During the summer months, it can be hard to gauge how much fluid we should be taking in throughout our day. There are many different opinions on the matter, from when to drink water, to how much to drink, but it is hard to find a definitive answer. Most health officials agree that it is necessary to replace what you sweat out, but new findings may show that it is possible to actually over-hydrate.

Many athletes hydrate throughout the day before, during, and after their physical activity. A common rule in many locker rooms is to drink before you get thirsty, as many believe that if you wait until you are thirsty, you are already dehydrated. However, an article published in Clinical Journal of Sport Medicine states that hydrating in this manner might actually lead to over-hydration in athletes, also known as “exercise-associated hyponatremia” (EAH). This occurs when an athlete intakes too much water or sports drink to where the body is unable to flush it out, causing the kidneys and cells to swell. To this day, it is estimated that at least 14 athletes have died as a result of this condition.

The study conducted also suggests that it is not only athletes that participate in extreme physical conditioning that experience this condition, but also those with mild exercise habits, such as those involved in yoga or lawn bowls. Symptoms of EAH include dizziness, nausea, and puffiness, but can be as severe as confusion, comas, and even death, as previously mentioned.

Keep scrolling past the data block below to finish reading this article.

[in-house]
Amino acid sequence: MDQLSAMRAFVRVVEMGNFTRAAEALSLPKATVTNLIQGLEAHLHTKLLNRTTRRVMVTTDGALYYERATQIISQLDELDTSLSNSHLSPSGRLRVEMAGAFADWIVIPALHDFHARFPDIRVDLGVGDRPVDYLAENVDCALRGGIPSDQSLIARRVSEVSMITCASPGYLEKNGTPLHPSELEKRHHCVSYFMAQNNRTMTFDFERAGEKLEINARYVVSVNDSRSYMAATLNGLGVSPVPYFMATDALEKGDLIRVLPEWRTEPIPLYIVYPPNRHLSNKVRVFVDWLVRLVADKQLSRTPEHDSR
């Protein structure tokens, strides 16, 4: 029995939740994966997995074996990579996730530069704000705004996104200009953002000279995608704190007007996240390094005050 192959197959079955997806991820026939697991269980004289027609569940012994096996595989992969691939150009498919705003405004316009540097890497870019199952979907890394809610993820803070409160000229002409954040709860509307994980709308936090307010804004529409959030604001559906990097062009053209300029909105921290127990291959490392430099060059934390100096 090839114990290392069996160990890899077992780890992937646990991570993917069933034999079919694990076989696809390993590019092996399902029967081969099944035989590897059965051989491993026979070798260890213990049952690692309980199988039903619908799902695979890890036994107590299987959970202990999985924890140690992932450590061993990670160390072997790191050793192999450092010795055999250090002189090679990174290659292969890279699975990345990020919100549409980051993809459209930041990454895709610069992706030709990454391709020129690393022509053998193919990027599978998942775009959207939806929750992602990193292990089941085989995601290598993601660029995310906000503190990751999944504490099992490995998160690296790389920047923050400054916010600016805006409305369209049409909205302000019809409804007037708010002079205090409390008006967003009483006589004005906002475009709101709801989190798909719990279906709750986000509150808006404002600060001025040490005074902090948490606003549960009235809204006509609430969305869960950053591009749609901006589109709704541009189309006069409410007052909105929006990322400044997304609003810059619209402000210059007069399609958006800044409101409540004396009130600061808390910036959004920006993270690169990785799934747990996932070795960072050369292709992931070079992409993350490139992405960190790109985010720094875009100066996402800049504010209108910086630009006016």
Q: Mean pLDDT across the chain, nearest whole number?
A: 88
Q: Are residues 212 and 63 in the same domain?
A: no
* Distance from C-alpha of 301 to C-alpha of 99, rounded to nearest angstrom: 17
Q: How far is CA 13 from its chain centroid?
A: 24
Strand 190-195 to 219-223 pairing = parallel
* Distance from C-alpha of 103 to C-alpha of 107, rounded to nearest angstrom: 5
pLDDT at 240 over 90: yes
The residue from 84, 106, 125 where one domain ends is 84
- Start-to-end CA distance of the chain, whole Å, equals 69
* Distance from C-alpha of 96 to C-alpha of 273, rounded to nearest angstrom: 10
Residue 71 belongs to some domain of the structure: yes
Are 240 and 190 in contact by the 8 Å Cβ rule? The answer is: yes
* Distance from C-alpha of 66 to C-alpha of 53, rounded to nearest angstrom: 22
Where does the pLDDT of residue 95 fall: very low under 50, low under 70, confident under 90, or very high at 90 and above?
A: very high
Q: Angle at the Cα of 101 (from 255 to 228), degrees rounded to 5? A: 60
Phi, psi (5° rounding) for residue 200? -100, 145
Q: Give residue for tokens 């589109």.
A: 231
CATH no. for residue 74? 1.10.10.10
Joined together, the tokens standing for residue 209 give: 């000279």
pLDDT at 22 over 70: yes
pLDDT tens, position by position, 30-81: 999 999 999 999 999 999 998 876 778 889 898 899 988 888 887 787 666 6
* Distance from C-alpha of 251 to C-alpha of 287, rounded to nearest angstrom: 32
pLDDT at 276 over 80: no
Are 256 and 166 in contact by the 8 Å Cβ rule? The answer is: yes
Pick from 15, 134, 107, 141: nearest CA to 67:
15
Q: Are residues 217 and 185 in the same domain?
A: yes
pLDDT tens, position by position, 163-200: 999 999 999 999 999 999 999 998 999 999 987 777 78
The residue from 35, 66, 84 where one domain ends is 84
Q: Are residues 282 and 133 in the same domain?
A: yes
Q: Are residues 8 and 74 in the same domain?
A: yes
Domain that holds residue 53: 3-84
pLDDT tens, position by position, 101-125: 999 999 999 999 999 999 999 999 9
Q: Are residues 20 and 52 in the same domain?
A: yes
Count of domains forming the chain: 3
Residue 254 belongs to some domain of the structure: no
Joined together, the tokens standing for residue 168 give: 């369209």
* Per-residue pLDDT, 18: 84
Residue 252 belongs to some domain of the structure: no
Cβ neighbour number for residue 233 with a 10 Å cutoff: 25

Dr. Mitchell H. Rosner, from the Division of Nephrology at University of Virginia Health System, wants people to know of the dangers of inaccurate statements, such as to drink before thirst, can lead to dangerous occurrences. The 2015 EAH Consensus Guidelines suggest that, to avoid the dangers of EAH, the natural stimulations to drink when thirsty should be followed.

Hydration is important, no matter how active you are. Dangers of dehydration and over hydration both can be avoided by simply drinking a glass of water when thirsty and following your body’s natural queues.